Cuenca High Life logo
Click here to subscribe to daily news sent to your inbox!

Health News

Influenza 2018: Too late for protection?

By Susan Burke March

According to the World Health Organization (WHO) the 2018 flu season is upon us, most virulently in North America and Australia where influenza A (H3N2) remains predominant and activity remains high.

In the Caribbean and Central American countries respiratory illnesses and flu remain low. In tropical areas of South America the cases are reportedly low to none.

However, in the temperate zone of the Southern Hemisphere, influenza remained “overall at inter-seasonal levels.”

In the U.S., the 2018 influenza virus has killed more children than would normally be expected at this time of year. As reported by the Washington Post, this year’s flu season “is already the most widespread on record since health officials began keeping track 13 years ago.” NBC News writes that healthy young adults and children as well as the usual sick and elderly are victims, and explains that there are three main reasons that the flu kills, and sometimes surprisingly quickly.

There are three main reasons:

  1. Co-infection with another germ, usually bacteria such as strep
  2. Aggravation of existing conditions such as heart disease and asthma
  3. A so-called ‘cytokine storm’ marked by an overwhelming immune system response to infection.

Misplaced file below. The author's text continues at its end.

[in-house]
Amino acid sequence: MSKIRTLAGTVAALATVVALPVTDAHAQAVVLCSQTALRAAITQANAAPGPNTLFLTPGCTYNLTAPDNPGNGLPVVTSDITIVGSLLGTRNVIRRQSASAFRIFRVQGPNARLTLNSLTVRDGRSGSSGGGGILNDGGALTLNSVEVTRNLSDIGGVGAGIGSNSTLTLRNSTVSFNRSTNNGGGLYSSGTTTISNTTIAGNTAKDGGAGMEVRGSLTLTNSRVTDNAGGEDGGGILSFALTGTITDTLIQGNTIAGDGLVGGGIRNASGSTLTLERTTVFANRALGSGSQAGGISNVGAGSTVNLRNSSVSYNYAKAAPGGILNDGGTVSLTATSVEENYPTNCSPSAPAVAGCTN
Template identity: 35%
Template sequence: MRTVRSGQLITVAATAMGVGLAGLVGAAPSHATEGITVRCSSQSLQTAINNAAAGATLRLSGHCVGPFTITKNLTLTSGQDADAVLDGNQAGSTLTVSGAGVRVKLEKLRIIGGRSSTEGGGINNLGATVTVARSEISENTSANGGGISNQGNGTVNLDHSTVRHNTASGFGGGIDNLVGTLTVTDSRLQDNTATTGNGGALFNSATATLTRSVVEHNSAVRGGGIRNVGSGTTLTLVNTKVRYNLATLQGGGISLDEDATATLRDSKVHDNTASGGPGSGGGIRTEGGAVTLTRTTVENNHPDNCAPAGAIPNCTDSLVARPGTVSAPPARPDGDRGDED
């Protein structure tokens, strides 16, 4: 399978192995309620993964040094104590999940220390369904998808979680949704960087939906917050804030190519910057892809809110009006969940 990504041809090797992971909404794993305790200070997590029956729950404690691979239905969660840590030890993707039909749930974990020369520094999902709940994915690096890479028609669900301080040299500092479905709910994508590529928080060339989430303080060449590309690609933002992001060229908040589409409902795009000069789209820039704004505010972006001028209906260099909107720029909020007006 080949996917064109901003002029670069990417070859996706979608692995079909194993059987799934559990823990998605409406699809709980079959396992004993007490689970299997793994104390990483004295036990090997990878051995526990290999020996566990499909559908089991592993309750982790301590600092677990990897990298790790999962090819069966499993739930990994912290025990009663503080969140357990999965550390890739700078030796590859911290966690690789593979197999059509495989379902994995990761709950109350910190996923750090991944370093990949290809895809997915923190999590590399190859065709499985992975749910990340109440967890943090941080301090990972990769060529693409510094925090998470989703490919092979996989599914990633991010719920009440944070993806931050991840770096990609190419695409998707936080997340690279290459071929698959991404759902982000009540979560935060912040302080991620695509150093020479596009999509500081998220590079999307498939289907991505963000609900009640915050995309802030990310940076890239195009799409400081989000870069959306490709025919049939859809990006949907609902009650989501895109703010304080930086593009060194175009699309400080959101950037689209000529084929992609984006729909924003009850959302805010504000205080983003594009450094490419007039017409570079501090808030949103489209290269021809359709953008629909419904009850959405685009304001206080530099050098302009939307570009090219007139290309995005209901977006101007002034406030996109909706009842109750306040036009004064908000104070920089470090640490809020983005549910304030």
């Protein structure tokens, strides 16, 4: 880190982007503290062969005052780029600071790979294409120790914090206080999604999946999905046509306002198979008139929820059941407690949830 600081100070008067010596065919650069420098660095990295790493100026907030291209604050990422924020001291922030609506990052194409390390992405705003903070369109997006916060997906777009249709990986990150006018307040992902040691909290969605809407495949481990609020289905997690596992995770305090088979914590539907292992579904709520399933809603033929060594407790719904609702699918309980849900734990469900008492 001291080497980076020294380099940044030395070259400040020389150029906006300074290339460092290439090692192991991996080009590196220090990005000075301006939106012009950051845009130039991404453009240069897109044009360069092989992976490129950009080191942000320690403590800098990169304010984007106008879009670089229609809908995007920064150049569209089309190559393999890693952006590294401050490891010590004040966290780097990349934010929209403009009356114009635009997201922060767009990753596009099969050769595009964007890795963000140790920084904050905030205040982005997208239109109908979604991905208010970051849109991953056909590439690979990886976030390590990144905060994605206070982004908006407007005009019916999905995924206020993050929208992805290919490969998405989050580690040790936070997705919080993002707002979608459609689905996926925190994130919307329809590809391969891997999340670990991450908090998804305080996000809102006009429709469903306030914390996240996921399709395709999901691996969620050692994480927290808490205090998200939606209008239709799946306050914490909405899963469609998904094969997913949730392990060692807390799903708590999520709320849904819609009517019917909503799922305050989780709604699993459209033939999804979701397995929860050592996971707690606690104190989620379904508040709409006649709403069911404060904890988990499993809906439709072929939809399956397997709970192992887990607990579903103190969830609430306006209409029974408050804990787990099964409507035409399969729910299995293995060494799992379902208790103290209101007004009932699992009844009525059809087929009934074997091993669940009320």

According to, the H3N2 strain mutates at a faster rate and spreads with more severity, and also appears to cause an unusually high rate of complications.

According to the Centers for Disease Control (CDC), vaccine effectiveness can vary from year to year, and although there is not yet a “universal vaccine” the vaccines recommended for the Northern Hemisphere are typically adjusted differently for the Southern Hemisphere. Going to be traveling in both hemispheres? There’s no harm in getting two flu shots, knowing that it takes about two weeks for the vaccine to offer full protection. Read more from the WHO here. Although the flu vaccine isn’t 100% effective, according to the American Society for Microbiology, may be of some benefit by lessening the severity of symptoms among those who do get the flu.

Typical flu symptoms include body aches, fever, sore throat, cough, exhaustion, congestion, and in rare cases vomiting and diarrhea.

The CDC says “Take 3” Actions to Fight the Flu

  1. Take time to get your flu vaccine.
  2. Take everyday preventative actions to stop the spread of germs, including staying home if you’re sick, washing your hands frequently, and avoid touching your eyes, nose and mouth.
  3. Take flu antiviral drugs if your doctor prescribes them.

According to the Latin American Herald Tribune, Ecuador spent $10 million to acquire 3.9 million doses of flu vaccine “amid a flu outbreak that has afflicted nearly 500 people and claimed 23 lives.” As of January 25, nearly one million people have been vaccinated.  They report that the majority of cases reported have been in Quito and the surrounding province of Pichincha. Priority for vaccines is given to children under 5, pregnant women, people over 65 and those suffering from chronic illnesses, as well as health care personnel.